Explore The Universe

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Featured Artifacts
 

High Resolution Imager (HRI)

Focusing X-Rays with Cylinders and Straws

X-rays either pass through or are absorbed by most substances, and they can't be focused with lenses or ordinary mirrors. But they will glance off a solid surface if they strike at a very shallow angle.

The orbiting x-ray telescope ROSAT used sets of wide metallic cylinders to "scoop up" incoming x-rays and focus them onto a detector called a High-Resolution Imager, or HRI. The x-rays ricocheted down the cylinders and into a bundle of microscopic metallic straws in the HRI. The x-rays knocked electrons off the sides of the straws, which channeled the electrons onto a fine wire mesh screen. The resulting electrical impulses were used to create an image showing the intensity and distribution of the x-ray energy.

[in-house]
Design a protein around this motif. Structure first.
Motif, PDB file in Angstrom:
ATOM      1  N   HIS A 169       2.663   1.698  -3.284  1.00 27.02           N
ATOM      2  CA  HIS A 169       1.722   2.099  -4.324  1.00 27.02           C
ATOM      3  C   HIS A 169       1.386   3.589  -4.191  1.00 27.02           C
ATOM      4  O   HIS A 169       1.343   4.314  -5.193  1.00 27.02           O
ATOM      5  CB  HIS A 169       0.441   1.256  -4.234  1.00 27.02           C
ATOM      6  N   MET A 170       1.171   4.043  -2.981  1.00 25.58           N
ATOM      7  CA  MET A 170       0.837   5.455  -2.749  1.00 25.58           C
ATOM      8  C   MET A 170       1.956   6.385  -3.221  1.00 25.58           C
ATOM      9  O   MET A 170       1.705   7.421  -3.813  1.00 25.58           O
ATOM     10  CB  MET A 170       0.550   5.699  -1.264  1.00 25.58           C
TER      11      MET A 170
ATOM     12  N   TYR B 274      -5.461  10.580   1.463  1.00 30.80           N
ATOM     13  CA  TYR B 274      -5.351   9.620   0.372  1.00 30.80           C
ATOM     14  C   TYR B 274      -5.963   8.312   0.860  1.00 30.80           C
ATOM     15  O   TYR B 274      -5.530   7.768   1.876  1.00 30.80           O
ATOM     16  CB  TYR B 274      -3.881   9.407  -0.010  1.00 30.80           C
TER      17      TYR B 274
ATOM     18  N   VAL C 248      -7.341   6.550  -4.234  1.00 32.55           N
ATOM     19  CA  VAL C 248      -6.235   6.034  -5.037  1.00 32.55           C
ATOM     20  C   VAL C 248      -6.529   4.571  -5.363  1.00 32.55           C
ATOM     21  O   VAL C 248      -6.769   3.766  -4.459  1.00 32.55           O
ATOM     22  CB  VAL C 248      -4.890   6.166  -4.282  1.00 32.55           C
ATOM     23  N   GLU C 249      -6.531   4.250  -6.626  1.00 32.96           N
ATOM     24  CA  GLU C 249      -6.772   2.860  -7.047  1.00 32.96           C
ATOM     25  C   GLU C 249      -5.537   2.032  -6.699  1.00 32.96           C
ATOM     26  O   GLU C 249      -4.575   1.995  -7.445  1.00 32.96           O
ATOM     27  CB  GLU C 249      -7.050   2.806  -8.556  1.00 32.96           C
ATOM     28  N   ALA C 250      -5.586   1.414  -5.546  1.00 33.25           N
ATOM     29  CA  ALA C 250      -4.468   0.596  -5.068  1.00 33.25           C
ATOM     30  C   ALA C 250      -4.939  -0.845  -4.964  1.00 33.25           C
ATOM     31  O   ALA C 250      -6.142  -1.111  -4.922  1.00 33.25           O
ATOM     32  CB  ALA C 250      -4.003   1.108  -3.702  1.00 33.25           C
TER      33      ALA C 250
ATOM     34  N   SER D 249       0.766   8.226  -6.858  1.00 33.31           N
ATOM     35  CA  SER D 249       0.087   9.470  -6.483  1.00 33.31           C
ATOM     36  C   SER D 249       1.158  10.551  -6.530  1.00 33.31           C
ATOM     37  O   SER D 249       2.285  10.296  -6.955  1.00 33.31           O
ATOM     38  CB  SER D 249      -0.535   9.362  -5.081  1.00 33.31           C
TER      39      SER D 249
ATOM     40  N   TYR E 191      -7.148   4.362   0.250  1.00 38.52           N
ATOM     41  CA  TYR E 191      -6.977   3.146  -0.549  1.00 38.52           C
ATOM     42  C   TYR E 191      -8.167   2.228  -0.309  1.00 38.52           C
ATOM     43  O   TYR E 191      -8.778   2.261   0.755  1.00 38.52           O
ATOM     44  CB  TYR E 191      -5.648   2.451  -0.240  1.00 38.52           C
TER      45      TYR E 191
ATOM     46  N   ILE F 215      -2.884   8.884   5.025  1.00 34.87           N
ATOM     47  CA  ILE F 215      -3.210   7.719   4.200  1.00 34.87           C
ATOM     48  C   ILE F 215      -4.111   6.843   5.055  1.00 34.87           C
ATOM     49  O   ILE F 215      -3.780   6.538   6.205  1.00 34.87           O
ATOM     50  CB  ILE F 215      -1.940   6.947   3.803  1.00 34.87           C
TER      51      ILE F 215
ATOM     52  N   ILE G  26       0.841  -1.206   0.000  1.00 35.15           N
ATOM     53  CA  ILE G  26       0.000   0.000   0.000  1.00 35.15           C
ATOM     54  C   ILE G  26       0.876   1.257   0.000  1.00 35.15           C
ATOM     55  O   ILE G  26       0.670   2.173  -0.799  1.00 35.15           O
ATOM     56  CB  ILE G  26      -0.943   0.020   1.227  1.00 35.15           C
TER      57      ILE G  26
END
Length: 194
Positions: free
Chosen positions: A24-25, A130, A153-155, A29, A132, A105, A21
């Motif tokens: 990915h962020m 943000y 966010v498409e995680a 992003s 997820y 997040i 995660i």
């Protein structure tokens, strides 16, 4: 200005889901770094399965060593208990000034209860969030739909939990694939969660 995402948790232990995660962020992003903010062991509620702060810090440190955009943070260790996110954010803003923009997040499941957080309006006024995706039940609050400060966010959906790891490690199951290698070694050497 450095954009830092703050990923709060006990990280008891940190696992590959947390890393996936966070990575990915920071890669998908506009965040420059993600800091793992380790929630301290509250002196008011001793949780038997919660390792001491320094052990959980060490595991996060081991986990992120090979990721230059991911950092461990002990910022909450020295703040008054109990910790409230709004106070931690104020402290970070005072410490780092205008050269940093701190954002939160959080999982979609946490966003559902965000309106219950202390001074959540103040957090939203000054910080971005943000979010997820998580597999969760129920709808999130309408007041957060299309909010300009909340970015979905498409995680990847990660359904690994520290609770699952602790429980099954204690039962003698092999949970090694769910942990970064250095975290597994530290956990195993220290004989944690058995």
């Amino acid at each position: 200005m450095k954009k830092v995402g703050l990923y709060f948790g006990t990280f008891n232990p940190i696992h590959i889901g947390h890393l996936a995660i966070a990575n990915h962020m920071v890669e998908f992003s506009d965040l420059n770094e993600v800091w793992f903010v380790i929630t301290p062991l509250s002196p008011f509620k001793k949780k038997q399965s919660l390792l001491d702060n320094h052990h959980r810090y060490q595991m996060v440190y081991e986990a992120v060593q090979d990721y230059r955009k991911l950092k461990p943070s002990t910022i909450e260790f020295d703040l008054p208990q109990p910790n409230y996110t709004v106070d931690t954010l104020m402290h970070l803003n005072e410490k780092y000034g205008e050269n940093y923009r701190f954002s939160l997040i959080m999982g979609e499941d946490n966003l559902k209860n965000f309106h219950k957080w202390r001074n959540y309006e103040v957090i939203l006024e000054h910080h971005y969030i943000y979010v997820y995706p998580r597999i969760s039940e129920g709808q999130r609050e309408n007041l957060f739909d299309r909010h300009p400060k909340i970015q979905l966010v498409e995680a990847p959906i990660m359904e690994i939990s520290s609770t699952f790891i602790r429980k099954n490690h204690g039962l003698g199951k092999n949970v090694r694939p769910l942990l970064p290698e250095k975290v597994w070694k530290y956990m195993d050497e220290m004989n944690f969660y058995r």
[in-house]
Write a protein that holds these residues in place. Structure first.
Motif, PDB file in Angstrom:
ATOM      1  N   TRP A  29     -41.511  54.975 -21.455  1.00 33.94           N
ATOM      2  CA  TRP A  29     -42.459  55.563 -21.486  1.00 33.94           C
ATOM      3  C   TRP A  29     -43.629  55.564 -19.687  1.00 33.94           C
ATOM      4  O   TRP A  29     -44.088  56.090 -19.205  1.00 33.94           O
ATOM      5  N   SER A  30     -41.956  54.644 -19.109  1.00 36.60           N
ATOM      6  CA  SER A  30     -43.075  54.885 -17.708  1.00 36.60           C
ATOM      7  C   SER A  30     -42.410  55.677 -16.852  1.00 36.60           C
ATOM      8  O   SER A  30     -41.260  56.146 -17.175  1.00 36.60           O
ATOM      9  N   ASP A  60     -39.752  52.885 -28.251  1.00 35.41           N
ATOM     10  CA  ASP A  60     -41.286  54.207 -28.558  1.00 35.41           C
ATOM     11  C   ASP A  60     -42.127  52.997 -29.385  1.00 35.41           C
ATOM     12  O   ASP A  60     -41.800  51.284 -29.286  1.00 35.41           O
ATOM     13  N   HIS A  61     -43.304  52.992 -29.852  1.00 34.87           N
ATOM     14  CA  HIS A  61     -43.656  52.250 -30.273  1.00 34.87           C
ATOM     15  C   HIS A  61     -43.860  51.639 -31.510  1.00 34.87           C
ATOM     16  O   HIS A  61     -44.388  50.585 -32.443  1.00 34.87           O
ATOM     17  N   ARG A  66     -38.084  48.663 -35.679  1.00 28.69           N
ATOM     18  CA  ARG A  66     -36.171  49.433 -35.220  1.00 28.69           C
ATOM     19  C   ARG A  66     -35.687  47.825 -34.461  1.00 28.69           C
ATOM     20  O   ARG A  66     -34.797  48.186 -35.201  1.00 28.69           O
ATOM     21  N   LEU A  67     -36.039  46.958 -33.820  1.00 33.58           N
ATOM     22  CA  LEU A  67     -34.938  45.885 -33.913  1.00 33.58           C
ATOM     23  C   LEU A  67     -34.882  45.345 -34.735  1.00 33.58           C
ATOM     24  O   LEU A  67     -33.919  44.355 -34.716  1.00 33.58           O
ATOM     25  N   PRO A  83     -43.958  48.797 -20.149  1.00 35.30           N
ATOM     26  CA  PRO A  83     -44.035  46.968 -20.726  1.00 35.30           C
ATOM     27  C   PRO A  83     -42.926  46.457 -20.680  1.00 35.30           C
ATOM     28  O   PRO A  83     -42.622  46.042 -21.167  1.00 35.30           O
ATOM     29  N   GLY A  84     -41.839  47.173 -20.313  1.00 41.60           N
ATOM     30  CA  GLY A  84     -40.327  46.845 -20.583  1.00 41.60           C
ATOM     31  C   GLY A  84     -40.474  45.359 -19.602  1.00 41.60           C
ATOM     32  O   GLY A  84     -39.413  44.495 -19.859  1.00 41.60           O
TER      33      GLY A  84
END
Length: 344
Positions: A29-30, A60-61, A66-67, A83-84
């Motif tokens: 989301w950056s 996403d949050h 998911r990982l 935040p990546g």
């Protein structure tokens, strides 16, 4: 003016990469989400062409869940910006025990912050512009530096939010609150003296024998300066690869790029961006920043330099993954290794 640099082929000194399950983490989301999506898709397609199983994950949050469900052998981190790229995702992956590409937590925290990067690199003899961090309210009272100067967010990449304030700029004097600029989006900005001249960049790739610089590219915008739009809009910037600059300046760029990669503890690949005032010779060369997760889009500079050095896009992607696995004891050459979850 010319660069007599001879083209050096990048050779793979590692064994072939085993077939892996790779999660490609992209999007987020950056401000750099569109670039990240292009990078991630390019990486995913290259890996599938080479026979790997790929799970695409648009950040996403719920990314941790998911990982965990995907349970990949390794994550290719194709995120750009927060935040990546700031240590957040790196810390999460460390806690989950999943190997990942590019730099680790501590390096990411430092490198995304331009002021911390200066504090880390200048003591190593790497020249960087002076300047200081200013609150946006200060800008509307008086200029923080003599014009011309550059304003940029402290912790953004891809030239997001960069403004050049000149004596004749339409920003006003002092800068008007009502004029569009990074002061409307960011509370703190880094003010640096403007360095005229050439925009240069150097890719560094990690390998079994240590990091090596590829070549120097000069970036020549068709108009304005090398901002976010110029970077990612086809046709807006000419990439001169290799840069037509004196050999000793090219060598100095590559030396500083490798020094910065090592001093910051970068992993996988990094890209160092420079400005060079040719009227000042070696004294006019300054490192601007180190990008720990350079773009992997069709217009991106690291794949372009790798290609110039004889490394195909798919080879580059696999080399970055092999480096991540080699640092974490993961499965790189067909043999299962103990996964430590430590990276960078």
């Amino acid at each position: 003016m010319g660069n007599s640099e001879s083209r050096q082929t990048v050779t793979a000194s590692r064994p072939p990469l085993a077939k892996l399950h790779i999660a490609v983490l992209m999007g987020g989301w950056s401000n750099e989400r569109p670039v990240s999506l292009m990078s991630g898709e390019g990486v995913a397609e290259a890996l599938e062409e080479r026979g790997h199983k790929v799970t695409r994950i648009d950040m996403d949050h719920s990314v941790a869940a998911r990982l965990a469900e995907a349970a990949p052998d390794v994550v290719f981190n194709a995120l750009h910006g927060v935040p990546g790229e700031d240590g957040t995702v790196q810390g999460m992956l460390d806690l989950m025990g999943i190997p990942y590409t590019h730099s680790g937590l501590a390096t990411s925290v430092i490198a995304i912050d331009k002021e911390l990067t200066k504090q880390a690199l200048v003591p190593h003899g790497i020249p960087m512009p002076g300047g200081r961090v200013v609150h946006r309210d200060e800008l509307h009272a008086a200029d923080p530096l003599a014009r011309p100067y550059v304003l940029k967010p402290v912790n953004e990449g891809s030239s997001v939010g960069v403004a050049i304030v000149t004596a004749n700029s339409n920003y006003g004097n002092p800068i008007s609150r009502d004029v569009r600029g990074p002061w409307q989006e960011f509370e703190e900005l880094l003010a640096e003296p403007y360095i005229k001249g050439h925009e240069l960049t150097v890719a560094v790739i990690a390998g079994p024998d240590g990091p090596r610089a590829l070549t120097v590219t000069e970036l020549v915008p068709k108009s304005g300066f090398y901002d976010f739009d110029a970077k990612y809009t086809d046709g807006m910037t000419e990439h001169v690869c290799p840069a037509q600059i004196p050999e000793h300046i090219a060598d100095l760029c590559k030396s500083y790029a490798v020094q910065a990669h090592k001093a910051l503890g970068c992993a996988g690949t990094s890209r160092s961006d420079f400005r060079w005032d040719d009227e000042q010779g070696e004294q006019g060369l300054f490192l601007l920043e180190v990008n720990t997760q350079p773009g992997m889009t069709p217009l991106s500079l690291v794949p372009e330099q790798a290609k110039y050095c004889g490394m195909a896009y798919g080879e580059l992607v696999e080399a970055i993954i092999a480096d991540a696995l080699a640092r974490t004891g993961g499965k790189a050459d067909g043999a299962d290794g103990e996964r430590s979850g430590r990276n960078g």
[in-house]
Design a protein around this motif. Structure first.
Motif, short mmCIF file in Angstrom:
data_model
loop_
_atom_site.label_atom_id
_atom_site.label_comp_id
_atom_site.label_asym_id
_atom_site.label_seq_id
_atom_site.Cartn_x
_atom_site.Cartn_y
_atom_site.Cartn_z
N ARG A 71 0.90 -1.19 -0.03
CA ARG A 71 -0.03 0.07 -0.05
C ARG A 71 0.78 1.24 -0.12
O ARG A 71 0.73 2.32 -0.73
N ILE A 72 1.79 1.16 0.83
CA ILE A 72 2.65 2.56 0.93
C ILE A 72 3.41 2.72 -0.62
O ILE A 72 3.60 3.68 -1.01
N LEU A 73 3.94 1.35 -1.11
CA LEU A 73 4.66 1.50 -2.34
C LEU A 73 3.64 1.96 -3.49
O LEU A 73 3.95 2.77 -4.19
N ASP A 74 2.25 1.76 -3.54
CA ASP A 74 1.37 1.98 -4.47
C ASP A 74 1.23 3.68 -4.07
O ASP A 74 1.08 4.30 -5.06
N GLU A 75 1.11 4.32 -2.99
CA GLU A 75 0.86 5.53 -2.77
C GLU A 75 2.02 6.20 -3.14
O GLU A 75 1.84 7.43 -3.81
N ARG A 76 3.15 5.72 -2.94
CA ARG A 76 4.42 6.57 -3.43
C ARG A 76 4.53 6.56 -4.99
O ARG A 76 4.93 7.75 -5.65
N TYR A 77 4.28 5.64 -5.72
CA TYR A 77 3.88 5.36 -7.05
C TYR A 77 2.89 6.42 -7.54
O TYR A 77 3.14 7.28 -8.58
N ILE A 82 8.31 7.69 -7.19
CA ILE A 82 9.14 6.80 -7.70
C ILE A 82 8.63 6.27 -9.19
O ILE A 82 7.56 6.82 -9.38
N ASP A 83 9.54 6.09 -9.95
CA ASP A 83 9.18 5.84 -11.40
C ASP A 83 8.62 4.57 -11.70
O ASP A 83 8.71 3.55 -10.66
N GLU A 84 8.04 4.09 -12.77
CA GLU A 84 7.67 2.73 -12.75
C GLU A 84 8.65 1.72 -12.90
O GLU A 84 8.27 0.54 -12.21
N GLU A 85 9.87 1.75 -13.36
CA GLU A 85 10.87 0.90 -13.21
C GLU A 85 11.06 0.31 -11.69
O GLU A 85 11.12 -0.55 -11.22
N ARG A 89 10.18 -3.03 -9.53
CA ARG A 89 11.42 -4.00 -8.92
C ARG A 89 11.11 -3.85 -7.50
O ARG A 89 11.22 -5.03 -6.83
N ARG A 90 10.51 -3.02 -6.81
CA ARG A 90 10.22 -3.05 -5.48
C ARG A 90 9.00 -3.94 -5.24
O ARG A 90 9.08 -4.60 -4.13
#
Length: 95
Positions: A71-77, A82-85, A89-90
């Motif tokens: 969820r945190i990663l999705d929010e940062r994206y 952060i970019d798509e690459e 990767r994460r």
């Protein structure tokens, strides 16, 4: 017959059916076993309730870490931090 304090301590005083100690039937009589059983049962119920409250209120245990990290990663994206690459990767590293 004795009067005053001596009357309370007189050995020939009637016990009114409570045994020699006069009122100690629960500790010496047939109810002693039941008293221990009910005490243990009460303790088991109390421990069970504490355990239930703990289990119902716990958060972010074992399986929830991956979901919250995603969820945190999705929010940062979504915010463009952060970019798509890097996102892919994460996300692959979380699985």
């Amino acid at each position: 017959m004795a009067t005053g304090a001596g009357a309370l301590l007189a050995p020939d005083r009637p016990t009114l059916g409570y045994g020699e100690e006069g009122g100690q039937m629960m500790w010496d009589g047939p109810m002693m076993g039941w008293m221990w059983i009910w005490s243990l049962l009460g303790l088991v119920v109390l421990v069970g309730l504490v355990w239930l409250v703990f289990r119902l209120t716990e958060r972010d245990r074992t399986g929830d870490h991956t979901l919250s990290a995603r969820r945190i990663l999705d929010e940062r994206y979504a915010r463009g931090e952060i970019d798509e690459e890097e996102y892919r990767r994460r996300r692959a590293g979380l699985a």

HRIs (94k JPEG)
 

High Resolution Imagers

The high-resolution imager (pictured, top right) and microchannel plate (top left) are identical to the one on the Chandra x-ray satellite.
At bottom is a handmade prototype for a high-resolution x-ray imager.

Courtesy of Steve Murray, Smithsonian Astrophysical Observatory

 


Other Featured Artifacts in this section of the exhibit:
Hubble Space Telescope Wide-Field/Planetary Camera & CCD
Hubble Space Telescope Backup Mirror
Penzias and Wilson Pigeon Trap

 

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